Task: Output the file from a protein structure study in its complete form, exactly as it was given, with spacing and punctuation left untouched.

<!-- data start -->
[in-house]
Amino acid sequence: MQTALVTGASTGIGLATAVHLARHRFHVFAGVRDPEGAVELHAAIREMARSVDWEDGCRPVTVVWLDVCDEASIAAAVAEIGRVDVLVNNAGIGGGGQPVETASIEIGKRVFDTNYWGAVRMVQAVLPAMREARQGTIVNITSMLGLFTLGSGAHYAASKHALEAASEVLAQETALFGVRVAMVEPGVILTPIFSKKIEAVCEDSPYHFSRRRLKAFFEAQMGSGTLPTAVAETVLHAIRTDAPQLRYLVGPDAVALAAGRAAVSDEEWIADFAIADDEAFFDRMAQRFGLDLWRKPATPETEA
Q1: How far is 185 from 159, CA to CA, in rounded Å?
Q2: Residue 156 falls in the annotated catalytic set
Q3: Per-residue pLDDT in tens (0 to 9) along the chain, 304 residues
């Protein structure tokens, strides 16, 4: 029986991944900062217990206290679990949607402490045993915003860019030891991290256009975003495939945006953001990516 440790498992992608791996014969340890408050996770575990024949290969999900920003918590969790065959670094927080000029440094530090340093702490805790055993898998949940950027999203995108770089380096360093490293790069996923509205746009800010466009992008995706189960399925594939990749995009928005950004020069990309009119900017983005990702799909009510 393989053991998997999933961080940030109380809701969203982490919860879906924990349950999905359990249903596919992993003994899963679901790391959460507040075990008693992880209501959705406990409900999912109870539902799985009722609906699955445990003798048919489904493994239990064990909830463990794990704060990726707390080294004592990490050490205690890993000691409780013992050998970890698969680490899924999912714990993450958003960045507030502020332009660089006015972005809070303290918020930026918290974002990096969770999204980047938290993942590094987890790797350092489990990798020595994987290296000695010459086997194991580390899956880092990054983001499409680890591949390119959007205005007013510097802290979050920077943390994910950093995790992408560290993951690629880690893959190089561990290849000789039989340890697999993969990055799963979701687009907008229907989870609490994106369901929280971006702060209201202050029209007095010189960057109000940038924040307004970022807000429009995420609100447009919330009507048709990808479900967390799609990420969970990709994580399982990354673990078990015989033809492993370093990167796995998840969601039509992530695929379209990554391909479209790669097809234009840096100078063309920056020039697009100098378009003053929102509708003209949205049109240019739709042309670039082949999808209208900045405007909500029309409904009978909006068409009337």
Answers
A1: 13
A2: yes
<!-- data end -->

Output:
[in-house]
Amino acid sequence: MQTALVTGASTGIGLATAVHLARHRFHVFAGVRDPEGAVELHAAIREMARSVDWEDGCRPVTVVWLDVCDEASIAAAVAEIGRVDVLVNNAGIGGGGQPVETASIEIGKRVFDTNYWGAVRMVQAVLPAMREARQGTIVNITSMLGLFTLGSGAHYAASKHALEAASEVLAQETALFGVRVAMVEPGVILTPIFSKKIEAVCEDSPYHFSRRRLKAFFEAQMGSGTLPTAVAETVLHAIRTDAPQLRYLVGPDAVALAAGRAAVSDEEWIADFAIADDEAFFDRMAQRFGLDLWRKPATPETEA
Q1: How far is 185 from 159, CA to CA, in rounded Å?
Q2: Residue 156 falls in the annotated catalytic set
Q3: Per-residue pLDDT in tens (0 to 9) along the chain, 304 residues
């Protein structure tokens, strides 16, 4: 029986991944900062217990206290679990949607402490045993915003860019030891991290256009975003495939945006953001990516 440790498992992608791996014969340890408050996770575990024949290969999900920003918590969790065959670094927080000029440094530090340093702490805790055993898998949940950027999203995108770089380096360093490293790069996923509205746009800010466009992008995706189960399925594939990749995009928005950004020069990309009119900017983005990702799909009510 393989053991998997999933961080940030109380809701969203982490919860879906924990349950999905359990249903596919992993003994899963679901790391959460507040075990008693992880209501959705406990409900999912109870539902799985009722609906699955445990003798048919489904493994239990064990909830463990794990704060990726707390080294004592990490050490205690890993000691409780013992050998970890698969680490899924999912714990993450958003960045507030502020332009660089006015972005809070303290918020930026918290974002990096969770999204980047938290993942590094987890790797350092489990990798020595994987290296000695010459086997194991580390899956880092990054983001499409680890591949390119959007205005007013510097802290979050920077943390994910950093995790992408560290993951690629880690893959190089561990290849000789039989340890697999993969990055799963979701687009907008229907989870609490994106369901929280971006702060209201202050029209007095010189960057109000940038924040307004970022807000429009995420609100447009919330009507048709990808479900967390799609990420969970990709994580399982990354673990078990015989033809492993370093990167796995998840969601039509992530695929379209990554391909479209790669097809234009840096100078063309920056020039697009100098378009003053929102509708003209949205049109240019739709042309670039082949999808209208900045405007909500029309409904009978909006068409009337």
Answers
A1: 13
A2: yes